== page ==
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Boy almost fell through moving train’s missing floor

The Rail Accident Investigation Branch (RAIB) has called for an independent review of a heritage railway’s safety management system after a child narrowly avoided falling through a hole in a toilet floor and on to the track. 

Boy almost fell through missing moving train’s floor
The interior of the toilet cubicle on carriage 4805

The near-miss happened on 22 June 2017 on a steam locomotive from Totnes (Riverside) to Buckfastleigh. The railway is owned and operated by the South Devon Railway Trust, trading as South Devon Railway (SDR).
The train was travelling at about 32 km/h when the three-year-old and his mother were in a toilet cubicle at the end of carriage 4805.
The toilet was marked “out of use” but the child had already opened the door. He stepped inside the cubicle and fell forwards on to a brake pipe. His mother grabbed his arm and prevented him falling through the opening. 
The RAIB’s investigation found that in April 2017 SDR’s maintenance team had removed the toilet cubicle floor to repair the leaking brake pipe underneath. However, the work revealed the underframe had badly corroded and there was wood rot in the floor and partition walls. 
SDR instructed its workers to repair the brake pipe and decided the outstanding refurbishment work would be undertaken in June so as to not affect its capacity over the upcoming bank holiday weekend. A fitter taped a warning sign to the door and secured it with screws through the frame on 13 April and the carriage entered service with the floor missing. 
Shortly after the accident in June, two fitters were called while the train was at Buckfastleigh station. They found the toilet door was open, part of the wooden doorframe had broken off and the screws that were supposed to be holding the door closed were missing. 
They resecured the door and removed the handle so there was no way of opening it. The duty officer, engineering manager and guard were satisfied with the repairs and allowed the train to re-enter service.
The duty officer left work later that day without reporting the accident to the RAIB or the Office of Rail and Road (ORR). On 25 June the accident was brought to the attention of a different duty officer when the train was then taken out of service, the carriage in question was quarantined and SDR contacted the RAIB.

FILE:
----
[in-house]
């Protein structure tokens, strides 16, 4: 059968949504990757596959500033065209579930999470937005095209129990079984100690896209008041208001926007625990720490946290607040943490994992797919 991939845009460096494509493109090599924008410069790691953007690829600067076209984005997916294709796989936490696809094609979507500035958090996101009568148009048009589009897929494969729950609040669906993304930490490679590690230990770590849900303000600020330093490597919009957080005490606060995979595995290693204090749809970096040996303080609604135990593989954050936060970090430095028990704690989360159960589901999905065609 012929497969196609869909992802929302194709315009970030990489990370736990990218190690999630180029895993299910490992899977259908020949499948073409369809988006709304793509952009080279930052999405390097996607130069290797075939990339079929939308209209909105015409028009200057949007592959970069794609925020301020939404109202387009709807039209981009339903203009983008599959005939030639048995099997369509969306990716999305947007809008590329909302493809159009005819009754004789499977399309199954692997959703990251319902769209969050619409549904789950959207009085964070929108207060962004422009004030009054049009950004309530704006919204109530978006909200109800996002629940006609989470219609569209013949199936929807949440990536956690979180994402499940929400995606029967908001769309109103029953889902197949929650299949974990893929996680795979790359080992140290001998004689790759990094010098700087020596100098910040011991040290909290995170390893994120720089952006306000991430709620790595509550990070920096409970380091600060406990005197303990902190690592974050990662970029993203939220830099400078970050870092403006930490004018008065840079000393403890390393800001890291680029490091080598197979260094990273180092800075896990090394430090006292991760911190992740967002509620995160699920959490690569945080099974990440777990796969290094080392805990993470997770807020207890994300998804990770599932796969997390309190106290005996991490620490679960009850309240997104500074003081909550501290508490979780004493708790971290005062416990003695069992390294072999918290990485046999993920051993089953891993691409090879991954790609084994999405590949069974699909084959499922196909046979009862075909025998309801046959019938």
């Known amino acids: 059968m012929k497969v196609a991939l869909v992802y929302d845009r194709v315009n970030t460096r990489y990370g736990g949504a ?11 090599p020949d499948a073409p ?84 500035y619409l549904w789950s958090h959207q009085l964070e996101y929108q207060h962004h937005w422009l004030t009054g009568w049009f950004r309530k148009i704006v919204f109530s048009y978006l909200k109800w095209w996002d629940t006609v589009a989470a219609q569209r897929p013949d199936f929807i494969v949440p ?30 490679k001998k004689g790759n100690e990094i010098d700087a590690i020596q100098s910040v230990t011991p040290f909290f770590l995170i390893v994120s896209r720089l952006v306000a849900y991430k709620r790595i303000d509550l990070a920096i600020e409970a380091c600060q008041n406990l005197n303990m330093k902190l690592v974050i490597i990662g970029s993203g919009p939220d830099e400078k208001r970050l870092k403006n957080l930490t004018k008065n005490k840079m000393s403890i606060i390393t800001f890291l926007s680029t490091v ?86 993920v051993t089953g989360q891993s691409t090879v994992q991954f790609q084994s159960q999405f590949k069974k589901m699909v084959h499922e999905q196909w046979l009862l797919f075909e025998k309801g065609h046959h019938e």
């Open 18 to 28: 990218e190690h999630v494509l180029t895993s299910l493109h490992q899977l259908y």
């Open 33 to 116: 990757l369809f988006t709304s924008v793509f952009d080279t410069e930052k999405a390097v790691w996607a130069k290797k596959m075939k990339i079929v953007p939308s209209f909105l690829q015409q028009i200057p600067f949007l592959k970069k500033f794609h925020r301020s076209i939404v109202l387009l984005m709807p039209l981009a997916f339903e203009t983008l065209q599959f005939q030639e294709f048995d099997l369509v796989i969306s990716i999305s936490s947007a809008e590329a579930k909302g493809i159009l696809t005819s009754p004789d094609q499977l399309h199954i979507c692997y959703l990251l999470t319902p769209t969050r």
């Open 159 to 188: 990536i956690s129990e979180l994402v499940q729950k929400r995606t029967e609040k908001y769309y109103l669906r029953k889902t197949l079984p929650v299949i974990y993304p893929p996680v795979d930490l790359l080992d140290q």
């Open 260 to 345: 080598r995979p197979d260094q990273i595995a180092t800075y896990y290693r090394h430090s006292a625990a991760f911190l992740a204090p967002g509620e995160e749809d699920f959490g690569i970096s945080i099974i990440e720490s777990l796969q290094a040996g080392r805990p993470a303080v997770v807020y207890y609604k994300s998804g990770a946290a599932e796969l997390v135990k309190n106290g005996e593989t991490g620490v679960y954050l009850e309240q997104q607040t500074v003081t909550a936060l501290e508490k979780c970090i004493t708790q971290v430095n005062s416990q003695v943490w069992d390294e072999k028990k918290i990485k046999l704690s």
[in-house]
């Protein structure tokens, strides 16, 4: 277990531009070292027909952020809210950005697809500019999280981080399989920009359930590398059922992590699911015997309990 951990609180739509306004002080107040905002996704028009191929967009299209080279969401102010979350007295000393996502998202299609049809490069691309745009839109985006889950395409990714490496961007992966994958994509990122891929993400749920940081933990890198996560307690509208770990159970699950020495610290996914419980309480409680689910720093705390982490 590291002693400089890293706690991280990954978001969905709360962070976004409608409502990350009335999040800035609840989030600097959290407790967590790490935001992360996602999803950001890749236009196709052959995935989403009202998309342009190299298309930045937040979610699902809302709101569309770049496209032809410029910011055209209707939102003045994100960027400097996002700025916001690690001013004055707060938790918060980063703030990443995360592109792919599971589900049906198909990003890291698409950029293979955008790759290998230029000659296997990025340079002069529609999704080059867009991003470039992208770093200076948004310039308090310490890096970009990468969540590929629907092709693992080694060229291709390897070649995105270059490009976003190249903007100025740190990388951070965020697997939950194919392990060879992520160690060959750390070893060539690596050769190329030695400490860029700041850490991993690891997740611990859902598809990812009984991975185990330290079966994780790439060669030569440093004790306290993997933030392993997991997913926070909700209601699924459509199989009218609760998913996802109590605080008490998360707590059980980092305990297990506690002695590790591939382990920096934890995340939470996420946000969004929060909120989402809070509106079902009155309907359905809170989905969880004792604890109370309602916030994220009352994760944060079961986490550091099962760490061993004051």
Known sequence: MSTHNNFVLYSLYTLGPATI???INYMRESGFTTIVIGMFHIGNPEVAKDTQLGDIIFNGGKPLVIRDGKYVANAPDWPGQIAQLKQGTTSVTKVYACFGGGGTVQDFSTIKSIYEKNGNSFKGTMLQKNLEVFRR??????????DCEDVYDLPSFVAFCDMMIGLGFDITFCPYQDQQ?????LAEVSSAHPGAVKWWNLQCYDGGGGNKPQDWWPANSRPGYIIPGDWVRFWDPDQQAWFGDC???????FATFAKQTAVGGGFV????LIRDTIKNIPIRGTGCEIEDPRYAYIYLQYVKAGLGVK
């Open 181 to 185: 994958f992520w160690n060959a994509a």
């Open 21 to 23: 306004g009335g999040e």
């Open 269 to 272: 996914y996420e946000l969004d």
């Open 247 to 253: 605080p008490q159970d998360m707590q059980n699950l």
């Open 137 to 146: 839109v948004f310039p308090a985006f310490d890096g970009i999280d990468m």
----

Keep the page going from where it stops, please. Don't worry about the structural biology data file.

The report, published on 30 January, said: “The risk associated with the absence of the toilet floor was not sufficiently appreciated nor adequately managed after the carriage was allowed to enter service. SDR had no formal competence management assessment for staff involved in carriage maintenance and train preparation.”
Both these factors led to no one detecting that the door had become unsecure, the RAIB concluded. 
In its report the RAIB also criticised SDR’s maintenance regime which, it said, had “failed to identify the degrading condition of the carriage structure, nor was it adequately monitored after its partial repair”.
Since the accident SDR has developed a new safety management system, which was published last November, and introduced a competence assessment process for staff working in the engineering and carriage and wagon workshops.
The carriage maintenance section of the new safety management system proposes a “major overhaul” of SDR’s carriages every 20 years or 100,000 miles (whichever comes first).
It has recirculated its risk assessment policy for defects to all managers and implemented a fault reporting and defect recording system.
All SDR’s duty officers have been re-briefed on its accident reporting process to remind them of the company’s “legal obligations to report such events in a timely manner and ensure evidence is preserved”.
A new carriage shed also has been built to protect the rolling stock.
The RAIB has made one recommendation to SDR to commission an independent review of its new safety management system, including governance, risk assessments, additional control measures and employee competence, and the way it is being applied. “Any changes identified as necessary by this review should be implemented and reported to the ORR,” it said.
In response to the RAIB’s report, a spokesperson for SDR said: “The South Devon Railway accepts that safety on a moving train was badly compromised on this isolated occasion and which could have resulted in serious injury to a female passenger and her young son. 
“Since then, we have been working closely with the RAIB and the ORR in their investigation. As a result, the South Devon Railway has fully satisfied the requirements of the ORR’s improvement notice. We have learned lessons from this regrettable incident, and acted quickly to make the necessary improvements.”


Keeley Downey is acting deputy editor of IOSH Magazine. She is a former editor of Biofuels International, Bioenergy Insight and Tank Cleaning Magazine

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